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Can You Swim With Chlorine Tablets in the Pool?

Chlorine tablets are one of your pool’s most influential and irreplaceable chemicals. If you don’t have chlorine, you’ll have to deal with lots of algae, bugs, and cloudiness.

However, pool owners often worry about swimming with such strong chemicals in the water. After all, chlorine is strong enough to eliminate all sorts of bacteria.

You can swim with chlorine tablets in the pool because they dissolve very slowly. Chlorine tablets go in a pool floater that comes with dispensing outlets to control how much chlorine goes into the water. However, you shouldn’t swim in the pool right after adding pool shock or liquid chlorine.

In this article, I’ll discuss how long you have to wait to swim after adding the chlorine tablets, how long it takes for the tablets to dissolve, and whether or not you should always have them in the pool. Let’s get started!

How Long After Putting Chlorine Tablets In Can You Swim?

You can almost always swim right after adding chlorine tablets, but there are a few things you should look out for.

The goal is to maintain healthy chlorine levels without causing skin and eye irritation. I recommend putting one three-inch chlorine tablet in the pool floater per 5,000 gallons of water to reach this goal.

You should also keep these three factors in mind when swimming with chlorine tablets:

  1. Never add too many chlorine tablets, or it will be unsafe to swim in the pool. Many pool owners make the mistake of filling the tablet floater, assuming they can top it off when all of the tablets dissolve. Unfortunately, this common error raises the pool’s calcium, total dissolved solids, and chlorine to unhealthy levels.
  2. If you’re worried about the chlorine tablets, you can adjust or close the chlorine floater’s dispensing holes. Almost every chlorine floater twists to reveal or close the tablets. You can control how much chlorine comes out of the floater to an extent. Those with pets or children who might mess with the floater can close it while they’re swimming.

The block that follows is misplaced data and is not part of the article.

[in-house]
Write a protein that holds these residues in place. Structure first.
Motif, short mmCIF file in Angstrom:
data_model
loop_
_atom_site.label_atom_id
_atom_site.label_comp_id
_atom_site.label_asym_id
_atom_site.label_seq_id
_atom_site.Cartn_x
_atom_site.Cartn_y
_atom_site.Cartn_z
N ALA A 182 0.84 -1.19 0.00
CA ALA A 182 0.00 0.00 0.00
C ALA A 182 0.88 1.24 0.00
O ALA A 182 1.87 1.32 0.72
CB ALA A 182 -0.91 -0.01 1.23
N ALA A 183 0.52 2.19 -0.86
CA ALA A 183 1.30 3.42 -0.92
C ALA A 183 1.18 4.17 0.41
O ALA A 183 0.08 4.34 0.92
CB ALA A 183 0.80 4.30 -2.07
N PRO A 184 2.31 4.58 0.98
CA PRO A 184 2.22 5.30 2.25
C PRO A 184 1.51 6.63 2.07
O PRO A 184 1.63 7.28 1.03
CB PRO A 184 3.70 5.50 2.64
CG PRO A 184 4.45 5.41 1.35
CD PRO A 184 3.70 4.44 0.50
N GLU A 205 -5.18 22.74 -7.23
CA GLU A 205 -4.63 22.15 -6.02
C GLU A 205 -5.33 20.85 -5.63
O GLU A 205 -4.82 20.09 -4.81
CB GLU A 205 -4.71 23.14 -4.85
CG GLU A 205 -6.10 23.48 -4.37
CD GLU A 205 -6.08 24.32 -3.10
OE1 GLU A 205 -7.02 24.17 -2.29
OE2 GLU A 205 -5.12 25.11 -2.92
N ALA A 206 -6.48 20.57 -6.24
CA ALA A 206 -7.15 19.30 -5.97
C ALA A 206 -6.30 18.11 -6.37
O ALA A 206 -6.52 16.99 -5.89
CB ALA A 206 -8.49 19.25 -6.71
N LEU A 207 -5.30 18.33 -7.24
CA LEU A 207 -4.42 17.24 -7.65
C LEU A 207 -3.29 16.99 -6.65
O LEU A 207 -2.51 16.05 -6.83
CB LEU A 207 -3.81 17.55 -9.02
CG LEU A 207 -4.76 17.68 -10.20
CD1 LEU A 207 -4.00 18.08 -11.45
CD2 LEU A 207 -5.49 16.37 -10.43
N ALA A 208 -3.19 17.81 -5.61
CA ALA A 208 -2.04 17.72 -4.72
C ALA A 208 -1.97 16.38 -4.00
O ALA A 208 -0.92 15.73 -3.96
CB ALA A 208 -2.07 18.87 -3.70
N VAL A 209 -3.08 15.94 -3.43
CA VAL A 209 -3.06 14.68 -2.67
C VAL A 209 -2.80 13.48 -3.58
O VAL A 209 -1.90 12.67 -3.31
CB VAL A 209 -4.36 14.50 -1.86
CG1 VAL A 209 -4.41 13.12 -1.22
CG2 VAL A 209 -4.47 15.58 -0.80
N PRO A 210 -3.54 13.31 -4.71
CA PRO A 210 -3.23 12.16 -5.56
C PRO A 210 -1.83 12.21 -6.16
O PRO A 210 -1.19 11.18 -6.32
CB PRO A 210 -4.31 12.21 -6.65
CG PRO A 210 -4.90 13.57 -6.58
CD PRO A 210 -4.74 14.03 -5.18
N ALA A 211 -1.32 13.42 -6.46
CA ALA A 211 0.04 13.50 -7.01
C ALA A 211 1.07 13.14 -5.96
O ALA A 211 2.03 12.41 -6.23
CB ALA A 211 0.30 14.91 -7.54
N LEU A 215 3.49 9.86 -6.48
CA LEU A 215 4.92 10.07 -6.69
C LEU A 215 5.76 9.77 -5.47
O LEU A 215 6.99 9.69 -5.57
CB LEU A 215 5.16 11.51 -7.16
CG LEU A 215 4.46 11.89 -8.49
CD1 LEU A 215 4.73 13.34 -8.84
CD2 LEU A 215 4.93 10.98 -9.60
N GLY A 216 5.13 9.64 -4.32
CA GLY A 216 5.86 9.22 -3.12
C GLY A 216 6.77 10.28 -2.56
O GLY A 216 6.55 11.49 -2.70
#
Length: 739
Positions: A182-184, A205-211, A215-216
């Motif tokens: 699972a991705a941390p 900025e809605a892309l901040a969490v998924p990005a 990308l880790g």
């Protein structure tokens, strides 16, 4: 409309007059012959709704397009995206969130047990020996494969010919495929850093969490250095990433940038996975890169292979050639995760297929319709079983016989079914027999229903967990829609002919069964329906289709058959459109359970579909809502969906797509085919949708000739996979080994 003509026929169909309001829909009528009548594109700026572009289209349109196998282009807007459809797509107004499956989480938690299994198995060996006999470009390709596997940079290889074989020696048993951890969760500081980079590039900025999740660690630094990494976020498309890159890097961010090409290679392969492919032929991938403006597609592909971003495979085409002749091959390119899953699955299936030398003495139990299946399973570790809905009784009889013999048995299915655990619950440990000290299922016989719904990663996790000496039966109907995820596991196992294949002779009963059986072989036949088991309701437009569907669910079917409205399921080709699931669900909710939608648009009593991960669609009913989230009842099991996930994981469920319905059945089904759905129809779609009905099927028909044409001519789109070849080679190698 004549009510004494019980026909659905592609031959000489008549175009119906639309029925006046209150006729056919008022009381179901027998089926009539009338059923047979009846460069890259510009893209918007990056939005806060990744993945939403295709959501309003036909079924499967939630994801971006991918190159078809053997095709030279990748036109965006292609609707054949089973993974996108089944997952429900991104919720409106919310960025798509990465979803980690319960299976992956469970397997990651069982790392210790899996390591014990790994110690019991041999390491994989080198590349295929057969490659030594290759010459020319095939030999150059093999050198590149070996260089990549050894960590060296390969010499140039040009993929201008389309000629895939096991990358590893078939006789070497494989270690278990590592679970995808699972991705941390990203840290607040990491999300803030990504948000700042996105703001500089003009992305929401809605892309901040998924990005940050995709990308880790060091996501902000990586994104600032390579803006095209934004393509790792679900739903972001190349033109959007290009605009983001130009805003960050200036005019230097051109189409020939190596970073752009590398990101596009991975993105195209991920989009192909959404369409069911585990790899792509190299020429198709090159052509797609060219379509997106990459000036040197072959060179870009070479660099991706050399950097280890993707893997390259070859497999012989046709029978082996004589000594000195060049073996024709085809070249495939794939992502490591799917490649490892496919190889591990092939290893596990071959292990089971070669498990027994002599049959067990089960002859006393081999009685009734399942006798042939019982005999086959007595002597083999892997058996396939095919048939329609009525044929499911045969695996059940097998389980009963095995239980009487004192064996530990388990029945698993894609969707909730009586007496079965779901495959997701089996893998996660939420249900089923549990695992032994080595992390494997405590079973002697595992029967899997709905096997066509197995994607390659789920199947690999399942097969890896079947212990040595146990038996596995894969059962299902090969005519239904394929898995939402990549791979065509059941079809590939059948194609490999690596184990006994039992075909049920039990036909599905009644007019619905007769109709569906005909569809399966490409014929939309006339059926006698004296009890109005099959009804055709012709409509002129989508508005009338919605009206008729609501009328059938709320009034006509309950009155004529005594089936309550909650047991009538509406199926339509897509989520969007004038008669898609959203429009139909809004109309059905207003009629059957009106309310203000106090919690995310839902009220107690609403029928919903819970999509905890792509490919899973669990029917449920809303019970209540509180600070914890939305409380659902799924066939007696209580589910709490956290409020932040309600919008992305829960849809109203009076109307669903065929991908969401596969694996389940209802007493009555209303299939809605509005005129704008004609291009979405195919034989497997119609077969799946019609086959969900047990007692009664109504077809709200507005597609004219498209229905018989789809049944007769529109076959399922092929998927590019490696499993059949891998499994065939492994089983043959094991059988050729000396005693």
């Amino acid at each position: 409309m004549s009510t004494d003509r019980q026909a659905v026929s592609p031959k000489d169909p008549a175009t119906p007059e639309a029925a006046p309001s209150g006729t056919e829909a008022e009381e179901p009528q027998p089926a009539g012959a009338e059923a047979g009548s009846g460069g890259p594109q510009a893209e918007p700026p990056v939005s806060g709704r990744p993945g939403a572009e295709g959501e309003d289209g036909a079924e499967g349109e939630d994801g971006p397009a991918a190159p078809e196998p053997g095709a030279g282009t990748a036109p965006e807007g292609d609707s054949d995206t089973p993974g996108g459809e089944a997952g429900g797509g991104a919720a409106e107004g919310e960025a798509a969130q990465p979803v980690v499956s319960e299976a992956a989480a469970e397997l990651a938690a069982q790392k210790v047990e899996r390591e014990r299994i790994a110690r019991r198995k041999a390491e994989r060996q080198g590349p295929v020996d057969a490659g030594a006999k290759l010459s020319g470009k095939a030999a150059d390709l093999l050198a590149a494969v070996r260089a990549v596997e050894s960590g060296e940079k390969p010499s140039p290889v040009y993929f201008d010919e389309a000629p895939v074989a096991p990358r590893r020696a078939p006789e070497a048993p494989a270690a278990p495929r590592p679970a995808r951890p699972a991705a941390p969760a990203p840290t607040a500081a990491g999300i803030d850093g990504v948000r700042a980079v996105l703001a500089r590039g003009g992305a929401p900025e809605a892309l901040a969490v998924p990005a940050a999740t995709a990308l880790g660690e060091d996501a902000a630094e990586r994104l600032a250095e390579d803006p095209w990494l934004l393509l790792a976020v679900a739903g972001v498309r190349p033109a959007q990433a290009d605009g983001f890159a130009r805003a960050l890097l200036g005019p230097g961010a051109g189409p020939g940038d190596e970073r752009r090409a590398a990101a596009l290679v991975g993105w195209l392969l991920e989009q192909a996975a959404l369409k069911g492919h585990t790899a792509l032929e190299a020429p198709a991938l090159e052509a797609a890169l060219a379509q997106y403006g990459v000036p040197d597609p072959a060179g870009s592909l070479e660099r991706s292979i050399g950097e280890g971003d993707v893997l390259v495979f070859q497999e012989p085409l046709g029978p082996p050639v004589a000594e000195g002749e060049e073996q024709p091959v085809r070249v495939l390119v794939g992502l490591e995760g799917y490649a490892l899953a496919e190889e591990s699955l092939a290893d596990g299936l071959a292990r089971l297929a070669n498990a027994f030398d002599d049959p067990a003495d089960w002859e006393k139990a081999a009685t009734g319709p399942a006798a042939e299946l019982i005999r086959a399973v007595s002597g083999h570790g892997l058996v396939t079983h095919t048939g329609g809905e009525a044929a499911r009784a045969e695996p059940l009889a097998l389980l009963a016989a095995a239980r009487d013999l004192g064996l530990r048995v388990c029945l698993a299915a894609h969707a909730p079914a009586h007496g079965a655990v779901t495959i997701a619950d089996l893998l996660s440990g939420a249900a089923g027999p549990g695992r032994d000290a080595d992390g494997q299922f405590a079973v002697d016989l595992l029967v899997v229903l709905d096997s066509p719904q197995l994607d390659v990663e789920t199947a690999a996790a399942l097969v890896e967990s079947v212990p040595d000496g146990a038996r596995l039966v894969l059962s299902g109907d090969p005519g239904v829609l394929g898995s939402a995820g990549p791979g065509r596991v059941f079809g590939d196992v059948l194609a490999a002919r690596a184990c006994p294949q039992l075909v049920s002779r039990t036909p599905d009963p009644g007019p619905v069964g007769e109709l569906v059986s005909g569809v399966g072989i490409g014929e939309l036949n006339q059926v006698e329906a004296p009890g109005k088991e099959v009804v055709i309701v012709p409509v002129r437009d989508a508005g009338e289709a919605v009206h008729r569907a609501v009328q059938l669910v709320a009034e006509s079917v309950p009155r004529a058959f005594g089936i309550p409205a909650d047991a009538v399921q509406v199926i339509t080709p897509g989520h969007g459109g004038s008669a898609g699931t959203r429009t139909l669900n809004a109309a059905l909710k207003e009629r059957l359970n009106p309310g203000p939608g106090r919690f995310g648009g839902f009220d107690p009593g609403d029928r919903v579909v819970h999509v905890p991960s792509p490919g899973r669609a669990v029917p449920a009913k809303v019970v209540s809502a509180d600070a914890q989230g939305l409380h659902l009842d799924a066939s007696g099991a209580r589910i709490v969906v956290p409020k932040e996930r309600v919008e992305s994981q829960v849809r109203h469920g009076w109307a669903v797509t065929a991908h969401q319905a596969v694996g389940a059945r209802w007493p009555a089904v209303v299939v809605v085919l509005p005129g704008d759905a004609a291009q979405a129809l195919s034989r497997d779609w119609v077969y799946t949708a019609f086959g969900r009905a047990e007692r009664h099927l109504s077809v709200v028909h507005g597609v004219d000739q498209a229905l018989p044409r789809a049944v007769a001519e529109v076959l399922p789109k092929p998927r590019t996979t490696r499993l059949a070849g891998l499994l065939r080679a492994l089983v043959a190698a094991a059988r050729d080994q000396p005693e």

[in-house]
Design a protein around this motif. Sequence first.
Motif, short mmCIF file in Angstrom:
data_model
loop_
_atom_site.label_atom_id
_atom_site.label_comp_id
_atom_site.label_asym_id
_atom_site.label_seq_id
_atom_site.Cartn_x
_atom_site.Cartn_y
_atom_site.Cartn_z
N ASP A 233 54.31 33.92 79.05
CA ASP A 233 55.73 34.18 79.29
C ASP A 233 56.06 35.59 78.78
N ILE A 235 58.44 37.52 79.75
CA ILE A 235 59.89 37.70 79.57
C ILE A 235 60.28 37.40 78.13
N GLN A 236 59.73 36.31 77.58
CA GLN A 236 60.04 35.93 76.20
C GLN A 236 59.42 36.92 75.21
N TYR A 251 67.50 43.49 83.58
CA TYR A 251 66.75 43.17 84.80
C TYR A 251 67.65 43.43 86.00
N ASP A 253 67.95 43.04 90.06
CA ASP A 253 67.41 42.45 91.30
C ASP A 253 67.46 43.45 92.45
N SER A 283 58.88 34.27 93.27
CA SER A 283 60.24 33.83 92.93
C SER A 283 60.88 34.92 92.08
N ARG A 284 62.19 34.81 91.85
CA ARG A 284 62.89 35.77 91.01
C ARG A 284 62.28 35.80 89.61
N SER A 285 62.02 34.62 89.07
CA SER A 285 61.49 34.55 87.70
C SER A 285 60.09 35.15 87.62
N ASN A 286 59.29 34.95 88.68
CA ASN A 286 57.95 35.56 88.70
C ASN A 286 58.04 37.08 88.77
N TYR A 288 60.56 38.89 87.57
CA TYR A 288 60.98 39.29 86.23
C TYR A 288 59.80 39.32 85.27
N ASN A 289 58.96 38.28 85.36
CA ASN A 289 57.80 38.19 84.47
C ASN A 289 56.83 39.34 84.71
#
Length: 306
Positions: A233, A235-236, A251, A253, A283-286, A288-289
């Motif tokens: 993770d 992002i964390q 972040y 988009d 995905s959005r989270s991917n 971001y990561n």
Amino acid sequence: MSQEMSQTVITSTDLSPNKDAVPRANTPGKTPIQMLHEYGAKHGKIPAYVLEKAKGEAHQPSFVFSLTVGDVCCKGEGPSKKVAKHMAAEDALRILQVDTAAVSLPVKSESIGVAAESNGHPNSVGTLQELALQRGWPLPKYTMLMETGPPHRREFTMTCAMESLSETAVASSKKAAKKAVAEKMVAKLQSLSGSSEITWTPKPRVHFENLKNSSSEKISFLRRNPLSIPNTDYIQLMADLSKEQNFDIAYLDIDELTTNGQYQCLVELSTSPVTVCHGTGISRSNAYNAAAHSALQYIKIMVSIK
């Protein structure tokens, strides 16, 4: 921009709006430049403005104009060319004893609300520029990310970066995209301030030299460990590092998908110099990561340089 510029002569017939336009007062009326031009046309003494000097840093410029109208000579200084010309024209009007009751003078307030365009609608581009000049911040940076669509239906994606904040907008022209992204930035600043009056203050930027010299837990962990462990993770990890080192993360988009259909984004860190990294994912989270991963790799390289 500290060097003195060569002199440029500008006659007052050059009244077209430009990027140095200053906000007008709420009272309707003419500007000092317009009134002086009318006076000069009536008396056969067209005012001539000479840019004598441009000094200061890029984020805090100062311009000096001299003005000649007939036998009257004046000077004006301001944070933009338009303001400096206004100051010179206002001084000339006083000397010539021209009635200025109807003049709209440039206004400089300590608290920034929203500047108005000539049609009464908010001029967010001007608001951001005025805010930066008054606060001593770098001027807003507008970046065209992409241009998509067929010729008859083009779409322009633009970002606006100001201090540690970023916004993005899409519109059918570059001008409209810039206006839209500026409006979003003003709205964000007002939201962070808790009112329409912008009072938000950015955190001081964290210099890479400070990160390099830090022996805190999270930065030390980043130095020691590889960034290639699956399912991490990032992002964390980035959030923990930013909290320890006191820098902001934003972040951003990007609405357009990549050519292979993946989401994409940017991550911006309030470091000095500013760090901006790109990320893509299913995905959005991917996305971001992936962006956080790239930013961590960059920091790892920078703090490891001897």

3. Chlorine tablets should never go in the skimmer basket, pump basket, or filter. I’ve come across countless corroded and destroyed pumps, filters, and skimmer baskets from this mistake. Placing the tablets in these locations corrodes the equipment and pushes concentrated chlorine through the outlets, which can cause irritation.

How Long Does It Take For A Chlorine Tablet To Dissolve?

It takes about one week for a chlorine tablet to dissolve, depending on the chlorine concentration, the filler ingredients, and the dimensions.

Three-inch chlorine tablets typically last a few days longer than one-inch tablets. However, they put less total dissolved solids into the water, allowing the pool to absorb more chlorine.

Chlorine tablets dissolve based on their chemical composition. Some low-grade tablets are made with tons of extra calcium to make it seem like they’re as effective as high-quality tablets.

You’ll find plenty of cheap, filler-packed tablets at big chain stores, but not local pool stores or most online retailers.

For example, the In the Swim 3-Inch Chlorine Tablets have 90% available chlorine, which is much higher than most chain stores. These tablets last up to a week, which is about twice as long as the low-end tablets.